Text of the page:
• ConstitutionUK: Crowdsourcing the UK’s Constitution
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    ConstitutionUK: Crowdsourcing the UK’s Constitution

    Hello. Welcome to this website-LSE IPA’s Crowdsourcing the United Kingdom Constitution. The reason we are doing this is simple- the United Kingdom doesn’t have a Constitution. It has no formal rules and regulations governing how the place is run and we want to change that. We want to change it with your help. We’re not relying on teams of experts, we’re not relying on the usual Professors gathered in a room, determining what it should be and then declaring it and this or that, soon to be ignored by paper. We’re involving the British public in the question- “What should go in the Constitution?”. We’re starting with a public meeting…

  • Defending States’ Rights: Impossible (Almost) | Sotirios Barber
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    Defending States’ Rights: Impossible (Almost) | Sotirios Barber

    I want to thank Professor Bibby and Thomas Hone for their work in putting this conference together and inviting me to this really beautiful state and this exciting University. Also the students who have helped to shuttle us around: Aaron, Top, and Jeremy. The subject of the conference is federalism and I’m going to be talking about states rights federalism. I’ll keep my comments brief because I’m anxious to hear what the others have to say, especially what the Congressman has to say. If you’re dealing with a practical subject “walking the walk and talking the talk” are closely connected. You don’t want to talk the talk that can’t be…

  • Episode 111: Building a Better Government (with Richard A. Epstein)
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    Episode 111: Building a Better Government (with Richard A. Epstein)

    Trevor Burrus: Welcome to Free Thoughts from Libertarianism.org and the Cato Institute. I’m Trevor Burrus. Aaron Ross Powell: And I’m Aaron Powell. Trevor Burrus: Joining us today is Richard Epstein, the Lawrence A. Tisch Professor of Law at NYU School of Law and the Director of the Classical Liberal Institute. He is the author of many important books including Takings: Private Property and the Power of Eminent Domain and Simple Rules for a Complex World. His most recent book is The Classical Liberal Constitution. Welcome to Free Thoughts, Richard. Richard Epstein: It’s great to be here. Trevor Burrus: I would like to start with a broad question. There are many…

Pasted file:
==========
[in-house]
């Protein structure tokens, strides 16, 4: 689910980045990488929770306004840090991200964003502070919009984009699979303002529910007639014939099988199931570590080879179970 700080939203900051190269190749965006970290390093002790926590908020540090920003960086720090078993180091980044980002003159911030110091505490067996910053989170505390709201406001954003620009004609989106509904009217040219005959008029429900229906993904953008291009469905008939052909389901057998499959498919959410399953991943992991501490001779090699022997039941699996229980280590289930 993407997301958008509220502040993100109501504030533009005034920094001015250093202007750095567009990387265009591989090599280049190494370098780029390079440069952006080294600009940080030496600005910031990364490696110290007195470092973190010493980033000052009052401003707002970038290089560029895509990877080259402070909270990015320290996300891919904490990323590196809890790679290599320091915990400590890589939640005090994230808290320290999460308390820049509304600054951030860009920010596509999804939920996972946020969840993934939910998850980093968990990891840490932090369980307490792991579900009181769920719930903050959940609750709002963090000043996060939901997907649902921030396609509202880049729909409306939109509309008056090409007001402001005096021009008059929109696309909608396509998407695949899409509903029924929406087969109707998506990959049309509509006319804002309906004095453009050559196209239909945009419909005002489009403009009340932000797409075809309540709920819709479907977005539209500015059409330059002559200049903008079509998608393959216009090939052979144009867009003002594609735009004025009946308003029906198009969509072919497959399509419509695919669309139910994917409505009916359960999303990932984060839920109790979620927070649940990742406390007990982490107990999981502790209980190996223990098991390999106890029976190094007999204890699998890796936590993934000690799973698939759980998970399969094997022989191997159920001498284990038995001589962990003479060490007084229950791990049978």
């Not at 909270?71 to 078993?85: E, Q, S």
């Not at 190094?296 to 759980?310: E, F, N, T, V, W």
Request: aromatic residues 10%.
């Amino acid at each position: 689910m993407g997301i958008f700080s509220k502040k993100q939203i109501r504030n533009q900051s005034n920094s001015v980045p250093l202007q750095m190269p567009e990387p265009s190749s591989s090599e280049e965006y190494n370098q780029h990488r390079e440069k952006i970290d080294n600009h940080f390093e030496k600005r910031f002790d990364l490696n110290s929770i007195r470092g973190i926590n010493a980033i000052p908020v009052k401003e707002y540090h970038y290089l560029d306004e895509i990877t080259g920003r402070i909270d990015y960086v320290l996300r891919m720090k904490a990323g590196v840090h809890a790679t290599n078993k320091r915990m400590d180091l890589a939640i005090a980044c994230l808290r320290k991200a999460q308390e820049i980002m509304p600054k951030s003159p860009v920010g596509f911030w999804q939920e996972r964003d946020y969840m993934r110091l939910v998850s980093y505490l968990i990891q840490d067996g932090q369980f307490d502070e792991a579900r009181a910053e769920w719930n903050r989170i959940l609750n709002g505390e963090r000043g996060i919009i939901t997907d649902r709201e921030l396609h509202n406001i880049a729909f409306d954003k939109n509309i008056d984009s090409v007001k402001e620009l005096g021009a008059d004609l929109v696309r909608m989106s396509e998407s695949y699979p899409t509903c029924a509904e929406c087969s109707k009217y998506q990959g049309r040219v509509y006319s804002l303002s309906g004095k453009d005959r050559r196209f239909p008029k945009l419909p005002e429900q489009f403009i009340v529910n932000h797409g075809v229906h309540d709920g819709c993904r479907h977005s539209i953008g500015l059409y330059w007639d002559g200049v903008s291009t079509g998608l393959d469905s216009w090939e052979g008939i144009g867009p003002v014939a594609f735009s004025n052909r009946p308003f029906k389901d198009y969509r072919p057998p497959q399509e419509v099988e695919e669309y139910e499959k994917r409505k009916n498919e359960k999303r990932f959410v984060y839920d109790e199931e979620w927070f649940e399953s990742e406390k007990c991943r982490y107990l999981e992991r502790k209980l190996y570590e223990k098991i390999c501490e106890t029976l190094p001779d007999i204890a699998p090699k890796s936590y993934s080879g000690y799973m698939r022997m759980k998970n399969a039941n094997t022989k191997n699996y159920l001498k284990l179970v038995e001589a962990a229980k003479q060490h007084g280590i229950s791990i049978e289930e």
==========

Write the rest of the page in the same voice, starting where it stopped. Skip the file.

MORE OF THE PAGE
• Episode 139: The Philosophical Foundations of the Constitution (with Roger Pilon)
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    Episode 139: The Philosophical Foundations of the Constitution (with Roger Pilon)

    Aaron Powell: Welcome to Free Thoughts from Libertarianism.org and the Cato Institute, I’m Aaron Powell. Trevor Burrus: And I’m Trevor Burrus. Aaron Powell: Joining us today is our colleague Roger Pilon, he’s the Vice President for Legal Affairs and founding director of the Center for Constitutional Studies at the Cato Institute. Welcome to Free Thoughts, Roger. Roger Pilon: Thank you, good to be with you. Aaron Powell: The First Amendment reads, in part, “Congress shall make no law abridging the freedom of speech.” So we’ve got those words written down, how do we know what they mean? Roger Pilon: We look at the text as a start and if that…

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    Episode 148: Liberty and Coercion: The Paradox of American Government (with Gary Gerstle)

    Trevor Burrus: Welcome to Free Thoughts from Libertarianism.org and the Cato Institute. I’m Trevor Burrus. Joining me today is Gary Gerstle, the Paul Mellon Professor of American History at the University of Cambridge and the author of the new book, Liberty and Coercion: The Paradox of American Government from the Founding to the Present. Welcome to Free Thoughts, Gary. Gary Gerstle: Thank you very much. Trevor Burrus: So, I would start with the interesting and provocative title of your book, Liberty and Coercion. Why did you choose those two concepts, which I guess are somewhat antithetical concepts, as your—for your overview of American history? Gary Gerstle: Well, for me, those…